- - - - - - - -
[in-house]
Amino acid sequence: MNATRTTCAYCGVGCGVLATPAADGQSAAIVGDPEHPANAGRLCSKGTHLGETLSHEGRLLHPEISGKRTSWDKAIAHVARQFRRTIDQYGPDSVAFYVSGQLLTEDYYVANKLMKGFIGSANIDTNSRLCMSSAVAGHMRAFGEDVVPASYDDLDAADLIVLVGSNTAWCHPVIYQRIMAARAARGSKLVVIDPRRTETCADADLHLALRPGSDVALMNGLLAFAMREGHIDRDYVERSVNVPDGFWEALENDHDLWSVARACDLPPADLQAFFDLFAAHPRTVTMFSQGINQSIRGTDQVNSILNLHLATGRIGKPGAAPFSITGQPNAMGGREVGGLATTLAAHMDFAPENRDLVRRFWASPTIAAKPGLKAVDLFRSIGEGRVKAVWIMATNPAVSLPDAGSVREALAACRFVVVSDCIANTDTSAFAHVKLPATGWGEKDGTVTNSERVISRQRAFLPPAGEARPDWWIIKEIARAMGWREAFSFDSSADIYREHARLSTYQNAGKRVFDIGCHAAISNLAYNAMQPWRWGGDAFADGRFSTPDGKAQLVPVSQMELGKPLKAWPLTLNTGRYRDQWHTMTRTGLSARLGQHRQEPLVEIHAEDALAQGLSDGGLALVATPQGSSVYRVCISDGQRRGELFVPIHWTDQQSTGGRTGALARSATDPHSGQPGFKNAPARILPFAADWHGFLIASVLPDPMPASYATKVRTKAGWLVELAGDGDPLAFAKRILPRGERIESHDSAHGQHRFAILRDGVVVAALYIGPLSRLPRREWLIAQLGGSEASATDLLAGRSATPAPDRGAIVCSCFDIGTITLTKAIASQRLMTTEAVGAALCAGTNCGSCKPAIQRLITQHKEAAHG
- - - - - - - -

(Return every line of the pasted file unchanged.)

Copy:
[in-house]
Amino acid sequence: MNATRTTCAYCGVGCGVLATPAADGQSAAIVGDPEHPANAGRLCSKGTHLGETLSHEGRLLHPEISGKRTSWDKAIAHVARQFRRTIDQYGPDSVAFYVSGQLLTEDYYVANKLMKGFIGSANIDTNSRLCMSSAVAGHMRAFGEDVVPASYDDLDAADLIVLVGSNTAWCHPVIYQRIMAARAARGSKLVVIDPRRTETCADADLHLALRPGSDVALMNGLLAFAMREGHIDRDYVERSVNVPDGFWEALENDHDLWSVARACDLPPADLQAFFDLFAAHPRTVTMFSQGINQSIRGTDQVNSILNLHLATGRIGKPGAAPFSITGQPNAMGGREVGGLATTLAAHMDFAPENRDLVRRFWASPTIAAKPGLKAVDLFRSIGEGRVKAVWIMATNPAVSLPDAGSVREALAACRFVVVSDCIANTDTSAFAHVKLPATGWGEKDGTVTNSERVISRQRAFLPPAGEARPDWWIIKEIARAMGWREAFSFDSSADIYREHARLSTYQNAGKRVFDIGCHAAISNLAYNAMQPWRWGGDAFADGRFSTPDGKAQLVPVSQMELGKPLKAWPLTLNTGRYRDQWHTMTRTGLSARLGQHRQEPLVEIHAEDALAQGLSDGGLALVATPQGSSVYRVCISDGQRRGELFVPIHWTDQQSTGGRTGALARSATDPHSGQPGFKNAPARILPFAADWHGFLIASVLPDPMPASYATKVRTKAGWLVELAGDGDPLAFAKRILPRGERIESHDSAHGQHRFAILRDGVVVAALYIGPLSRLPRREWLIAQLGGSEASATDLLAGRSATPAPDRGAIVCSCFDIGTITLTKAIASQRLMTTEAVGAALCAGTNCGSCKPAIQRLITQHKEAAHG